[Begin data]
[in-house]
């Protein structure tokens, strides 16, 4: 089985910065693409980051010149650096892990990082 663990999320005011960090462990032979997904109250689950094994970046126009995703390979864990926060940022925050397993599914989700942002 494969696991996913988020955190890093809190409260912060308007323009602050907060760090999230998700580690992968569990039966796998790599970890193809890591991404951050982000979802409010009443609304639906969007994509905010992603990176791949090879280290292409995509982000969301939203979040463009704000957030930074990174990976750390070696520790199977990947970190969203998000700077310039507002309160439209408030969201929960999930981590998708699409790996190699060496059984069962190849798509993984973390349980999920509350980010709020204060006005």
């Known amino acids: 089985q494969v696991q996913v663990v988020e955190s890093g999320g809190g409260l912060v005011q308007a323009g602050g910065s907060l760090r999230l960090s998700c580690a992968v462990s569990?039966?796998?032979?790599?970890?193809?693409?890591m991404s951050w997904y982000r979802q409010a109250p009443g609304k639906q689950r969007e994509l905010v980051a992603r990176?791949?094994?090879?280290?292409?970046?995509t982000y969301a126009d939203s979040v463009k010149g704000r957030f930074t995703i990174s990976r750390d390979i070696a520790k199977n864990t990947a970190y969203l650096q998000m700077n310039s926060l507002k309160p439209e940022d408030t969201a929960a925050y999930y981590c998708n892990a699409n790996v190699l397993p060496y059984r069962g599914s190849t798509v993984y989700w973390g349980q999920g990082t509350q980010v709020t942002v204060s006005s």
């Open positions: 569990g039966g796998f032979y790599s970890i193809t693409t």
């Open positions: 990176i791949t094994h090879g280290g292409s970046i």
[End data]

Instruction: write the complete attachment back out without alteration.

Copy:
[in-house]
């Protein structure tokens, strides 16, 4: 089985910065693409980051010149650096892990990082 663990999320005011960090462990032979997904109250689950094994970046126009995703390979864990926060940022925050397993599914989700942002 494969696991996913988020955190890093809190409260912060308007323009602050907060760090999230998700580690992968569990039966796998790599970890193809890591991404951050982000979802409010009443609304639906969007994509905010992603990176791949090879280290292409995509982000969301939203979040463009704000957030930074990174990976750390070696520790199977990947970190969203998000700077310039507002309160439209408030969201929960999930981590998708699409790996190699060496059984069962190849798509993984973390349980999920509350980010709020204060006005």
């Known amino acids: 089985q494969v696991q996913v663990v988020e955190s890093g999320g809190g409260l912060v005011q308007a323009g602050g910065s907060l760090r999230l960090s998700c580690a992968v462990s569990?039966?796998?032979?790599?970890?193809?693409?890591m991404s951050w997904y982000r979802q409010a109250p009443g609304k639906q689950r969007e994509l905010v980051a992603r990176?791949?094994?090879?280290?292409?970046?995509t982000y969301a126009d939203s979040v463009k010149g704000r957030f930074t995703i990174s990976r750390d390979i070696a520790k199977n864990t990947a970190y969203l650096q998000m700077n310039s926060l507002k309160p439209e940022d408030t969201a929960a925050y999930y981590c998708n892990a699409n790996v190699l397993p060496y059984r069962g599914s190849t798509v993984y989700w973390g349980q999920g990082t509350q980010v709020t942002v204060s006005s």
């Open positions: 569990g039966g796998f032979y790599s970890i193809t693409t």
């Open positions: 990176i791949t094994h090879g280290g292409s970046i």